The Mad Scientist: Making An Echinacea Tincture From Fresh Root

Outwardly, I am a mild-mannered farm wife [of sorts] who spends her days feeding chickens, sweeping up goat poo, and teaching the children readin’, writin’, ‘rithmatic, and how to find all of the secret levels in Super Mario World.

Inwardly however, I suspect I resemble something more like this:

Yes, I am a mad scientist at heart! So much so, my husband bought me a chemistry set for middle school kids one year, as a Christmas gift, and I completely geeked out over it. I was thirty-two years old. (I knew you’d wonder.) (And, no, I have no shame in admitting it.) I’ve channeled that nerd-love for chemistry into crafting many useful herbal concoctions for my family over the years, including: soaps, salves, creams, lip balms, teas and medicinal tinctures.

One thing I’ve wanted to do all winter is dig up my three-year-old echinacea plant while it’s dormant and use the fresh roots to make a tincture.  I’ve tinctured the flowers, seeds and leaves many times before, but never the roots, in spite of the fact that they are supposedly chock full of more of the good stuff that makes echinacea such… well, good stuff. My only hold-up was the fact that the plant is large and I am wimpy, therefore I need my husband’s assistance in digging. He works, a lot, so the opportunity of him being off on a non-rainy day to do so had not arisen for months.

Yesterday was beautiful. I was wandering about my garden, mentally planning what I wanted to plant where this spring, when my husband happened to chance by. Yes! Quickly grabbing the opportunity, I shoved a shovel in his hand and he went to work. (I’m not as bossy as I sound, by the way.)

Echinacea, also known as purple coneflower, is one of my favorite garden plants. In the summertime it looks all pretty and pinky-purple like this:

This is what it looks like dormant, dug up, and after he hacked it into thirds;

Though I’m not exactly sure it will regenerate, I replanted one-third, back in the original location, and planted another third in a new garden area.  I pulled the roots apart on the final piece, not an easy task, and replanted the smaller pieces with lots of small feeder roots (see piece on left, below), reserving the longer pieces for processing.

Once done, I brought the roots inside, scrubbed them clean, then chopped them into tiny pieces. Next I placed them into a clean, sterilized jelly jar and covered them with 80 proof vodka. A higher proof is more ideal, but is not available where we live. (The amount of tincture shown is smaller than I normally would make, since I discovered after all of that effort, that I was almost out of vodka.)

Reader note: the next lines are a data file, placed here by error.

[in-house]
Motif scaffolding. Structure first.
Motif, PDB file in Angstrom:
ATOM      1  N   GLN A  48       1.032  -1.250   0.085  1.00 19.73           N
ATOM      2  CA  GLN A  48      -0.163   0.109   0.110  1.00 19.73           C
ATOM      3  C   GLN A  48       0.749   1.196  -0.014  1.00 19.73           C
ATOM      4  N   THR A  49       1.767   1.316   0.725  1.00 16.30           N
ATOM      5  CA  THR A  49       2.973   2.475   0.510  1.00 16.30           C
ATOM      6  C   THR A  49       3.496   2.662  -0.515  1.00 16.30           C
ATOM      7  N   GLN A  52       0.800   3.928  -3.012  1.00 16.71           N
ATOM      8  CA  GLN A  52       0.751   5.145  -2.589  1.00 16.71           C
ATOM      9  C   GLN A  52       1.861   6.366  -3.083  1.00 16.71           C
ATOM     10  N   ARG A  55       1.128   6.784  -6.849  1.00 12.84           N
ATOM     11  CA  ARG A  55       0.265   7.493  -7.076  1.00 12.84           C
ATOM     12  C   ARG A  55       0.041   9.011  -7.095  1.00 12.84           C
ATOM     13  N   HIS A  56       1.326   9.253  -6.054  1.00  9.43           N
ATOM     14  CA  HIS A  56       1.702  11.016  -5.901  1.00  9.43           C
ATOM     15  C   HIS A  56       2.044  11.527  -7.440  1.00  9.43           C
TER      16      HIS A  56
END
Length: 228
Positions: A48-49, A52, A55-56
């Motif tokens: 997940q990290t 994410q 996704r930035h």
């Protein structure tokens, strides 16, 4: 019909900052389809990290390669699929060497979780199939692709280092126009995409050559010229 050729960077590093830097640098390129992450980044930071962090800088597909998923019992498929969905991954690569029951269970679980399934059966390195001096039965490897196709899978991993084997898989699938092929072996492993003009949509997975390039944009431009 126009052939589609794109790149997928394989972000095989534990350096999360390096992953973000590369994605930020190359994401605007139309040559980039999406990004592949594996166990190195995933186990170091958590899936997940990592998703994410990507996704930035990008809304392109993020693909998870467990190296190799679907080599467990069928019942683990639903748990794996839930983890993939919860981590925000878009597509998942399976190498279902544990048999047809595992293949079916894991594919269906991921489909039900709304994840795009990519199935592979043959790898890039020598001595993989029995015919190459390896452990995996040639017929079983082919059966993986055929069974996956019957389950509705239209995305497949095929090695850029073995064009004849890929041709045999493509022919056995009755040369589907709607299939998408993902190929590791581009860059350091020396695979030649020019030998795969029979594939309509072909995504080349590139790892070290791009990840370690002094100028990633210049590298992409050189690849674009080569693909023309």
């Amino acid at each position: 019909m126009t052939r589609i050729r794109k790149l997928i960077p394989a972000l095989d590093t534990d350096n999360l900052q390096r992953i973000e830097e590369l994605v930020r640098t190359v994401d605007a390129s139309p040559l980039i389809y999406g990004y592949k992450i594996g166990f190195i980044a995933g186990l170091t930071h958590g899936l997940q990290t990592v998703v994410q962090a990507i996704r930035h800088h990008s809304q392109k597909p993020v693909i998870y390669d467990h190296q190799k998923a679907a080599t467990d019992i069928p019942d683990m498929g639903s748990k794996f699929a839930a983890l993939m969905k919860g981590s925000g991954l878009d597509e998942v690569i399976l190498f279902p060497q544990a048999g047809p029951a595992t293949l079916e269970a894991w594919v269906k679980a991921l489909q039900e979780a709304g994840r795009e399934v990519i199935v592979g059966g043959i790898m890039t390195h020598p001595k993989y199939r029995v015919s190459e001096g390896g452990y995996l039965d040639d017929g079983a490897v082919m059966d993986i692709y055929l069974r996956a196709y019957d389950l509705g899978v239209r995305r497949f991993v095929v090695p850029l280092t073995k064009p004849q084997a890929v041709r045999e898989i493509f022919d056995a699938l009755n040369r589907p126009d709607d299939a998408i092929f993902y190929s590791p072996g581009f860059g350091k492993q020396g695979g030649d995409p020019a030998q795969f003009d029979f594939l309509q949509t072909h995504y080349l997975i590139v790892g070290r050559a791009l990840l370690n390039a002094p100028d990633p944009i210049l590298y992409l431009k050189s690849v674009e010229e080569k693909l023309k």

Some people may wish not to use alcohol to preserve their herbs, especially if they will be dosing very young children; in that case glycerine is used to make a glycerite. A post I did on making one of those can be found HERE.

Make sure you label your jar with the date, ingredients and type of alcohol used.  Put it in a coolish, dark cupboard, periodically opening the door every few days to shake the jar a bit whilst admiring your really cool collection of other mad scientist potions. After six weeks, strain out the herb and you are left with a very powerful herbal medication. I usually only dose tinctures one to two drops at a time, in a spoonful of honey or small glass of ginger ale. They are that effective and at that low a level, I have no issue with giving them to my children.

If you are unable to grow your own, two excellent places to order high quality dried herbs in bulk are Mountain Rose Herbs or Bulk Herb Store. It is deeply satisfying and empowering to be able to use a natural medicine, made by your own hands, to alleviate the occasional sore throat or tummy ache that comes along with being human.

*Disclaimer: Please be aware that this is merely a demonstration of my hobby. Herbal products can be strong medicines, so consult a qualified health care provider’s advice before using homemade remedies of this type, especially if you are on prescription medication, are pregnant or nursing, or have serious health issues.


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22 Responses to The Mad Scientist: Making An Echinacea Tincture From Fresh Root

  1. MarianneG says:

    I am just getting started with herbs and things. Thank you for sharing !

    • Jan says:

      Thanks for your comments! :) Making things with herbs is so fun and satisfying – hope you get to experiment a lot!

    • Marie says:

      My two sisters and I have made this potion for some time. It is a sure thing to stop a sore throat and colds.. We dig up the plants that grow wild in our area. We use the entire plant root, stems and blooms.

  2. LOVE IT! I’m going to put this on my list! (I guess I need to grow some flowers first though).

  3. Malia says: